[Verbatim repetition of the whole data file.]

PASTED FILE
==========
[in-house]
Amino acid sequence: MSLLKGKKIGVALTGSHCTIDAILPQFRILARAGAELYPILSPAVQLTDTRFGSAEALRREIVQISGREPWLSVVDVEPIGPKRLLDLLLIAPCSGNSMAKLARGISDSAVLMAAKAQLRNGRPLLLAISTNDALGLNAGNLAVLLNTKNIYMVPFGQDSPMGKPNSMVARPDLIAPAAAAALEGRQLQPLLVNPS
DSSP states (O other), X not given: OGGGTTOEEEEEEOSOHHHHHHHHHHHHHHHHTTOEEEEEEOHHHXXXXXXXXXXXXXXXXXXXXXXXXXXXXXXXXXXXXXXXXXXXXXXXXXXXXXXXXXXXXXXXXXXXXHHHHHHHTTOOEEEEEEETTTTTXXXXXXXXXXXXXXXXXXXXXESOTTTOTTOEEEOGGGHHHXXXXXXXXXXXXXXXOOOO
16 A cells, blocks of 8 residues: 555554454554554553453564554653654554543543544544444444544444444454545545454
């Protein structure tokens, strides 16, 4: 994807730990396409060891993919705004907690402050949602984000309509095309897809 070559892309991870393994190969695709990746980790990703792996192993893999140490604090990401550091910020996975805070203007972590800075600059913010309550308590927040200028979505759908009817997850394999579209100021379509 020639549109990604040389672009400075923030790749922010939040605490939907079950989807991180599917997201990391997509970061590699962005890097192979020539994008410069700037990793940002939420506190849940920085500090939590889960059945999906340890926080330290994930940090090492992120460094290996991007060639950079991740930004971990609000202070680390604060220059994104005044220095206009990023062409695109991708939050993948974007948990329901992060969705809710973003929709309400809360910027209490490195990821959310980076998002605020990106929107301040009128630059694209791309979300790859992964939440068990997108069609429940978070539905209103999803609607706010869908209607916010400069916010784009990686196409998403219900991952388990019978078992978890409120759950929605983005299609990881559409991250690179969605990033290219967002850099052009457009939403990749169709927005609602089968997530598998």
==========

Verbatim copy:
[in-house]
Amino acid sequence: MSLLKGKKIGVALTGSHCTIDAILPQFRILARAGAELYPILSPAVQLTDTRFGSAEALRREIVQISGREPWLSVVDVEPIGPKRLLDLLLIAPCSGNSMAKLARGISDSAVLMAAKAQLRNGRPLLLAISTNDALGLNAGNLAVLLNTKNIYMVPFGQDSPMGKPNSMVARPDLIAPAAAAALEGRQLQPLLVNPS
DSSP states (O other), X not given: OGGGTTOEEEEEEOSOHHHHHHHHHHHHHHHHTTOEEEEEEOHHHXXXXXXXXXXXXXXXXXXXXXXXXXXXXXXXXXXXXXXXXXXXXXXXXXXXXXXXXXXXXXXXXXXXXHHHHHHHTTOOEEEEEEETTTTTXXXXXXXXXXXXXXXXXXXXXESOTTTOTTOEEEOGGGHHHXXXXXXXXXXXXXXXOOOO
16 A cells, blocks of 8 residues: 555554454554554553453564554653654554543543544544444444544444444454545545454
């Protein structure tokens, strides 16, 4: 994807730990396409060891993919705004907690402050949602984000309509095309897809 070559892309991870393994190969695709990746980790990703792996192993893999140490604090990401550091910020996975805070203007972590800075600059913010309550308590927040200028979505759908009817997850394999579209100021379509 020639549109990604040389672009400075923030790749922010939040605490939907079950989807991180599917997201990391997509970061590699962005890097192979020539994008410069700037990793940002939420506190849940920085500090939590889960059945999906340890926080330290994930940090090492992120460094290996991007060639950079991740930004971990609000202070680390604060220059994104005044220095206009990023062409695109991708939050993948974007948990329901992060969705809710973003929709309400809360910027209490490195990821959310980076998002605020990106929107301040009128630059694209791309979300790859992964939440068990997108069609429940978070539905209103999803609607706010869908209607916010400069916010784009990686196409998403219900991952388990019978078992978890409120759950929605983005299609990881559409991250690179969605990033290219967002850099052009457009939403990749169709927005609602089968997530598998």